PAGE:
I started sobbing and shaking and told my husband, “Turn it off right now! I can’t do this!”

Even as I type this, I’m tearing up.

Fictional shows make my stomach turn if they’re too harsh and touch on my fears. That scene triggered my biggest fear of me dying early and having to leave my kids. Then I go down the rabbit hole of feeling empathy for anyone who actually has lost a child or a parent at a young age.

A night of snuggling up on the couch can easily turn into me staying awake for hours feeling helpless if I’m not careful, so it takes some planning.

Noise Can be Too Much

As I read more about what an HSP is, it became a relief that I wasn’t just odd, as I assumed.

Noises can drive me out of my mind.

Someone clicking their pen over and over and over in a meeting?

Forget it. I can’t.

Someone chewing with their mouth open? I hear it a mile away and clench my jaw in discomfort.

These aren’t huge obstacles for me to overcome, but it helps to have the knowledge behind why they bother me and make peace with how I’m wired.

I liken it to a microphone being turned up. It’s going to pick up a lot of sound and spit out feedback when it’s too much.

I breathe a little easier when I know why I’m reacting a certain way, and I can tell myself to roll with it.

If I’m in the car and the radio is on, my son is in the front seat with me talking and my daughter is in the backseat with a friend laughing and I’m trying to look for a street sign, I start to feel so overwhelmed at how much is going on that I have to ask everyone to please stop for a minute to let me brain find its way again.

It’s safe to say most people can feel bombarded by sounds, but I find my bar to be much lower.

If the television is too loud, my eyes start to blink rapidly. I love a good party, but if it gets too loud, I need to find a quiet room and escape because the noise makes me almost nauseous.

Again, had I understood this about myself years ago, I could have avoided a lot of situations that caused discomfort. I could have been honest about who I am instead of trying to convince myself to be like everyone else.

You Might Never Be Loved the Way You Wish to be

This one is a doozy.

Since I live in bright colors and heightened emotions, I assume everyone operates from this hyper platform.


While I’ve come to embrace who I genuinely am, I also know how important it is to embrace who others genuinely are. Just because they’re not gushing over me with love and crying from emotion, it doesn’t mean I’m not loved or that they are unloving jerkwads.

It means I am loved in the way they love, and they don’t have the same circuitry that I have.

I can’t force my brain on others in the same way they can’t force theirs on me.

I’ve landed in disagreements with every man I’ve dated with me wondering why they aren’t more expressive, emotive or joyful about me and life in general. My humble experiences have taught me the one constant in these arguments is me and how I have put the bar so high it’s impossible for most people to reach.

Maybe this sounds like I’m talking myself into settling for less, but it’s different from that. It’s me knowing who I am and stopping myself from making a selfish assumption that everyone should be just like me.

Just because I’m more expressive than the average person doesn’t mean I’ll tamp it down to fit in. It does mean I can remind myself to not discount every gesture of emotion and love from others because it’s not as deep or colorful as I think they should be.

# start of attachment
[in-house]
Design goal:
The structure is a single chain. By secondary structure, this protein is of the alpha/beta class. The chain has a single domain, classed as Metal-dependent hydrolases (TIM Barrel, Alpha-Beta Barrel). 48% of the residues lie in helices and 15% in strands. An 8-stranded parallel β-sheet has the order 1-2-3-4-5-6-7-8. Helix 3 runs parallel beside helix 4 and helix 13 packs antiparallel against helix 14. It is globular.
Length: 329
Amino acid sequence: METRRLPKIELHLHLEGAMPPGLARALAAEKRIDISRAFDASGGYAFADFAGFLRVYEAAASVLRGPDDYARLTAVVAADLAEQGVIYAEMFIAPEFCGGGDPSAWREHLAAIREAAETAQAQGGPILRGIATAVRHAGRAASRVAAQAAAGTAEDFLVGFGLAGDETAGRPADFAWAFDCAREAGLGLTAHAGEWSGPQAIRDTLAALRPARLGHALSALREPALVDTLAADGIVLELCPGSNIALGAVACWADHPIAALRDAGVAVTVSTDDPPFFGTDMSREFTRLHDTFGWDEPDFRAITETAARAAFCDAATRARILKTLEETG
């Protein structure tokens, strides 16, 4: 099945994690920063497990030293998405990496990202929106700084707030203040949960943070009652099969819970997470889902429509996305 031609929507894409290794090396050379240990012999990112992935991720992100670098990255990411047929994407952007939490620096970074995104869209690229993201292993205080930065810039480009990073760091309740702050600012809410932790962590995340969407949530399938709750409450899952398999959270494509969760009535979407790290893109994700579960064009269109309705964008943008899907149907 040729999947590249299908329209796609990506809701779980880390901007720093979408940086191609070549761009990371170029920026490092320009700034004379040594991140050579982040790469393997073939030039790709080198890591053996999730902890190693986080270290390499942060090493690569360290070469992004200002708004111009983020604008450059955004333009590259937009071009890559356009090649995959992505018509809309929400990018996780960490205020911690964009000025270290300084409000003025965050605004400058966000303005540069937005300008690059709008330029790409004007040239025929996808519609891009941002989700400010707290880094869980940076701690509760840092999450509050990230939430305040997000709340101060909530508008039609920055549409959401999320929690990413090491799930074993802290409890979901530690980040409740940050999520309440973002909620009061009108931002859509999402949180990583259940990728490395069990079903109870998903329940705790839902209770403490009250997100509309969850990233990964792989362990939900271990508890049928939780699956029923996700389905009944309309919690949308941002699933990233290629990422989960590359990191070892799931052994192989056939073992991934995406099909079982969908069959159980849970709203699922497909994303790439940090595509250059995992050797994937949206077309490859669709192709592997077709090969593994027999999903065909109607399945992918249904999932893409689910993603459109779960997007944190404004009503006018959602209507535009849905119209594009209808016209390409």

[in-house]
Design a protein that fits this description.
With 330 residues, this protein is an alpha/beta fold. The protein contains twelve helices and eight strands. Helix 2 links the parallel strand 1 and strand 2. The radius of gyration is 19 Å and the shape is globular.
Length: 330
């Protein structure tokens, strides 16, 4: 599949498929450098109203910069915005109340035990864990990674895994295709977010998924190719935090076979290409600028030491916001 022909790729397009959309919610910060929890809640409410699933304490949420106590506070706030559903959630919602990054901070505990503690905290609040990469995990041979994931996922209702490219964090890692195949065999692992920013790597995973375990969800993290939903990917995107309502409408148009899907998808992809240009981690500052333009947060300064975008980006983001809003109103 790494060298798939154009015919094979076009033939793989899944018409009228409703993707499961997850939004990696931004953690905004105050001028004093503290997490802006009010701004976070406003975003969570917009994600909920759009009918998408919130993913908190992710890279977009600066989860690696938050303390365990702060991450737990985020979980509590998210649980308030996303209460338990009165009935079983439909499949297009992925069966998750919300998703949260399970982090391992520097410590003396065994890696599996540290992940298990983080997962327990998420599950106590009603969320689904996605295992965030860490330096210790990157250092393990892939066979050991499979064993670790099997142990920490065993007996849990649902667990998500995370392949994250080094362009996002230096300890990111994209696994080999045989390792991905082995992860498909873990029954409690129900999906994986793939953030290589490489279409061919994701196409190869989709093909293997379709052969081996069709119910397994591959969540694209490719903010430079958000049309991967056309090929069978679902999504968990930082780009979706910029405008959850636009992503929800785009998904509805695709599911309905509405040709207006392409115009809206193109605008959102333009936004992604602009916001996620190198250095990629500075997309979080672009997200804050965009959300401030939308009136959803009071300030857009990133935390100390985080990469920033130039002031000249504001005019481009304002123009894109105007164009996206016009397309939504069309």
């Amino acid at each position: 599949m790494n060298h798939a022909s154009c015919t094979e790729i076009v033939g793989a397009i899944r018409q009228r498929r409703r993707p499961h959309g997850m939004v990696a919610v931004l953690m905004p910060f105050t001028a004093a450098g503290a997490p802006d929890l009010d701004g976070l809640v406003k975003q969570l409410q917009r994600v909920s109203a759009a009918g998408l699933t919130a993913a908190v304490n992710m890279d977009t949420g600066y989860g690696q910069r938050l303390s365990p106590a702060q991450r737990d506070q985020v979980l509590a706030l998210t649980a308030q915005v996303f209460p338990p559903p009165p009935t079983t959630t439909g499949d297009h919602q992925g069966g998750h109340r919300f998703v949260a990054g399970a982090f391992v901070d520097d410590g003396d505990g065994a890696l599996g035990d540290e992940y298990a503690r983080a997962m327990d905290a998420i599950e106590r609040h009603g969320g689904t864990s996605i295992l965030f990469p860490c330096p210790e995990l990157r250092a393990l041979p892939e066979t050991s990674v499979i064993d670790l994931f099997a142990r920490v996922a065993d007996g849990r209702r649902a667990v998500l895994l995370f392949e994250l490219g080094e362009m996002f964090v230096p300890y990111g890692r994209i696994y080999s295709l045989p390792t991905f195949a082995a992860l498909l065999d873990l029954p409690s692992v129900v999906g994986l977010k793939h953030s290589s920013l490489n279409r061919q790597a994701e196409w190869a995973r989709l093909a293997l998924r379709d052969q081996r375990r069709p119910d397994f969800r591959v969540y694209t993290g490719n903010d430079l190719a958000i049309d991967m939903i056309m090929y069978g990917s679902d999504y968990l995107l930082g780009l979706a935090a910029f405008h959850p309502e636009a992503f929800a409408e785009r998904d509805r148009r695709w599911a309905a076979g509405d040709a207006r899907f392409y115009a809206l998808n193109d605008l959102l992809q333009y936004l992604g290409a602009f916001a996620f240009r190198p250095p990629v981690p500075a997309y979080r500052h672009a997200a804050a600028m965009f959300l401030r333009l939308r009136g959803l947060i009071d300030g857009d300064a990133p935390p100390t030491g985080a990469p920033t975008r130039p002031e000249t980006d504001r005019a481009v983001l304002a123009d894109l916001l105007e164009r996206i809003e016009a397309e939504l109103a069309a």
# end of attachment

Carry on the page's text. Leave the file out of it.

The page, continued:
That’s not fair and does nothing but intimidates people from trying.

Look, I’m no expert. I am just a middle-aged woman who is relieved to know how I was designed is nothing to try to figure out, change or run from.

Maybe letting it all in is pointing me towards not just feeling but towards doing, even when the action feels small. By learning about my personality type, it’s helped me embrace that action often soothes the unrest in my brain.

Instead of getting stuck on how much pain is out there, I’ve narrowed my focus to start helping a few, one at a time.

By sponsoring a child in another country.

By mentoring a troubled teen in my town.

By finding ways here and there to show people I see them.

Focusing on the light I can bring because of the darkness I sense is the strength of an HSP.

Society is zoning out too much to be affected. We’re binge-watching and scrolling on screens while real people need our attention, even though it’s harder than tuning out.

The HSP is the one who can rally others who aren’t tuned in and point out where help is needed.

We are the ones who have the radar to sense.

And, yes, we’re the ones who will annoy you when we tell you to close your mouth when you chew and turn down the television. It’s all part of it.

Knowing that there’s a category of personality that matches who I am somehow validates me. I don’t use it as an excuse, but when I have knowledge and understanding of things, I feel less controlled by them.

I know not to watch violent movies because they’ll stay in my head too long and cause deep sadness.

I know to let the real-life tragedies in because I am just the person who should be listening and not plugging her ears.

I know every time I drop my kids off at school, I will think of all the parents who have lost their kids in school shootings. As I watch them walk into the building, I can feel a slice of other parents’ sadness, even though I have no exposure or insight into it. Every single time I am flooded with sadness and deep gratitude at the same time.

Housing an HSP brain is a tug-of-war between sadness, joy, and everything in between. Every day brings surprising depths I don’t fully understand, but I’m beginning to.

It’s a lot.

But the day it becomes easy is the day I know I’m not awake.